In early elementary school, Louise was described as a sweet but somewhat passive child. She was an average student who never made trouble so her teachers did not worry about her, but at the same time she was rarely chosen for special duties or called on in class. When Louise's parents asked about her somewhat mediocre progress in school (given that her siblings were all excellent students), the school principal, Mr. Henry tried to reassure them that she was a bright little girl but would never get an ulcer worrying about school achievement; she just was not an "active learner". Often children like Louise are described as underachievers.
But for Louise, that description of her began to change in the third grade under Mr. Stevens. He was a teacher that some parents hoped their children could avoid because he was a stickler for neatness, organization, planning, paying attention and punctuality. He referred to himself as "Hurricane Stevens" for his proclivity, without warning, to check students' desks randomly for disarray or to confiscate items that might distract a student from getting work done. One day Louise succumbed to his watchful eye during class when she was admiring a yo-yo she had won during lunch recess. With one fell swoop the yo-yo became part of Mr. Stevens' "cyclone stash" of toys and comic books - all to be returned each Friday with a wry smile and gentle warning that sometimes objects get lost in cyclones. “Class time is your job," Mr. Stevens extolled her, "you can think about recess during recess, during class you need to focus on learning."
Mr. Stevens also had a memory game he called "fun facts", starting each day with a list of new history or science facts, vocabulary words, or current events details. They were always relevant to one of the class lessons, and during the day more information about the facts would be part of the daily lessons. Students were told to pay close attention to the list and knew they would need to apply the facts in a later lesson, but were not permitted to write anything down. Sometime during each day, never predictably, Mr. Stevens would quiz the class on a few of the morning's facts and how they applied to that day's lesson. At random and without warning (in case a student surreptitiously jotted a few notes somewhere) students were asked a question about one or more of the facts. The first student called on who answered correctly got to wear a prized star pin the entire day.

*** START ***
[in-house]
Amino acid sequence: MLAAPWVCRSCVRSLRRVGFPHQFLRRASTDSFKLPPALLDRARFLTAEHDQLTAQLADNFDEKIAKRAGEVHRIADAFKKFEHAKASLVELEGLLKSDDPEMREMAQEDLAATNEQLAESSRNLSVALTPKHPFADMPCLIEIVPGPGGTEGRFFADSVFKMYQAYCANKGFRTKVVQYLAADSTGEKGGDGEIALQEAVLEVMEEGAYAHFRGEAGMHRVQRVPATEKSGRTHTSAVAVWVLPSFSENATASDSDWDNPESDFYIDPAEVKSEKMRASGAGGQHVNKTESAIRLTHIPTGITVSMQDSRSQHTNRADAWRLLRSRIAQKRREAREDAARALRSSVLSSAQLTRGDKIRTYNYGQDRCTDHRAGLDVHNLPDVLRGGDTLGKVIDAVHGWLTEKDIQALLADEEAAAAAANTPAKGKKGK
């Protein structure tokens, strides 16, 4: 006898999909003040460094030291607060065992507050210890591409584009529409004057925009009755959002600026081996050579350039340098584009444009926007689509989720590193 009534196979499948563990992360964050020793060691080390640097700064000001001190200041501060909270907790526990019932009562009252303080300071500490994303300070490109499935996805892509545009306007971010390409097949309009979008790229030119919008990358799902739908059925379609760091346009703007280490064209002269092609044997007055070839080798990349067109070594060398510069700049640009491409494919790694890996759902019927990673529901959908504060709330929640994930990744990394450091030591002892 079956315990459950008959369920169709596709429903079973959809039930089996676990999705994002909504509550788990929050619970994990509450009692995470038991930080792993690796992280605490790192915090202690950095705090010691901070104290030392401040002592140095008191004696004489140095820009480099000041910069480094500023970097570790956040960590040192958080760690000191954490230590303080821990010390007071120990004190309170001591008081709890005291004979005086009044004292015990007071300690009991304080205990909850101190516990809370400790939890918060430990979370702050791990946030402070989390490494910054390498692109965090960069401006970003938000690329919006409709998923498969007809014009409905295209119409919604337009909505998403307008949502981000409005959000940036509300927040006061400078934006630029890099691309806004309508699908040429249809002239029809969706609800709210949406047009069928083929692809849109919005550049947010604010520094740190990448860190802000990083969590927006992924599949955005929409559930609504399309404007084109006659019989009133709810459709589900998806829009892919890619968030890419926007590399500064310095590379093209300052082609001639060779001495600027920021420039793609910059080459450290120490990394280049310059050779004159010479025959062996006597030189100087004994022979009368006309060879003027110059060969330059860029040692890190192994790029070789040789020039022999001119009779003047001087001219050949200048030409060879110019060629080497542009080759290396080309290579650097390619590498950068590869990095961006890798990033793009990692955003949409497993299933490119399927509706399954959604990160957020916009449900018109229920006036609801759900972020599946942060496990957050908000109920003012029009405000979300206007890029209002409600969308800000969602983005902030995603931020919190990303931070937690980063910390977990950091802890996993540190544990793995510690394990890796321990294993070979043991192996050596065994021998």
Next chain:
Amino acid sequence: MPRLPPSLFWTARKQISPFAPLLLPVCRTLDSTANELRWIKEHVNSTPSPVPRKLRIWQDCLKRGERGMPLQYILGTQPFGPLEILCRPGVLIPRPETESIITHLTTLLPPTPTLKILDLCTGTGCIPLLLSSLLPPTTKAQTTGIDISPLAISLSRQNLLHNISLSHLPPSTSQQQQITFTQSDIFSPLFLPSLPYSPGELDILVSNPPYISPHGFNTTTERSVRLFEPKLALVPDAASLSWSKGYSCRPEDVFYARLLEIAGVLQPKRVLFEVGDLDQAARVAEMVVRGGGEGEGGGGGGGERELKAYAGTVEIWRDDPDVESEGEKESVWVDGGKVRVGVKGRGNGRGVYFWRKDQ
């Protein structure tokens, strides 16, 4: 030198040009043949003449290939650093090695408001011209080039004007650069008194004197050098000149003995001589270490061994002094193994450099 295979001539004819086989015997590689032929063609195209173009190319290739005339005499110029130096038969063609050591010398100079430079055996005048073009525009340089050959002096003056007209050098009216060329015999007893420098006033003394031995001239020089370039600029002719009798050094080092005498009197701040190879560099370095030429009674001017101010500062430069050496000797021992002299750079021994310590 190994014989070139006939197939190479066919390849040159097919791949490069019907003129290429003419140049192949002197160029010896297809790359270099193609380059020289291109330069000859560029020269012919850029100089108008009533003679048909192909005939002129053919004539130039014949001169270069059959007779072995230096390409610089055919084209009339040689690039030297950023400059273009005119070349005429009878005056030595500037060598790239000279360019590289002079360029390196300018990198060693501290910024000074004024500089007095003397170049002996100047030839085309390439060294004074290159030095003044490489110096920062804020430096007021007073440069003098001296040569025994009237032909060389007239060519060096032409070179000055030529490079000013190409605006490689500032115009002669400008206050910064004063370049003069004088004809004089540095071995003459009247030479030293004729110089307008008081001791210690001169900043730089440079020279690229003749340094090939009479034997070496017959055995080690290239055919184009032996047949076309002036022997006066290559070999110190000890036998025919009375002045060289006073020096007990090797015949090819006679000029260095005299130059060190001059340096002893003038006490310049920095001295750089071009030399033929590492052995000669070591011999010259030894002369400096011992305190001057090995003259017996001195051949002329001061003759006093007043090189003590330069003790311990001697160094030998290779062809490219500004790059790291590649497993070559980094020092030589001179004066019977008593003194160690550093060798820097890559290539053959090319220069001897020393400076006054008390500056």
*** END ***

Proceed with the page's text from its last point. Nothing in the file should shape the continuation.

In September, Mr. Stevens began with five facts each morning. By October, none of the students missed any of the questions when called on so Mr. Stevens increased the list by one each month and the application of the facts became less predictable. When the list became longer and the application more subtle, Mr. Stevens would ask students how they were able to remember. Students told of using different strategies. One student said that since she was not allowed to write the facts down, she just pictured what they looked like if she did write them! Then she could recognize them if she saw them later or could read them back to herself in her mind. Another boy said when there were names, he tried to imagine how they looked. When he learned later about what they did in history he could see them doing it. Like most of the children, Louise figured out her own strategies to help remember the facts and tried to predict how they might apply to class or what kind of questions he might ask. She found herself listening carefully throughout the day for more information. And like most of the students in the class, she couldn't wait to be called on -- later in the year, she too won the star pin every time she was selected to answer one of Mr. Stevens' questions.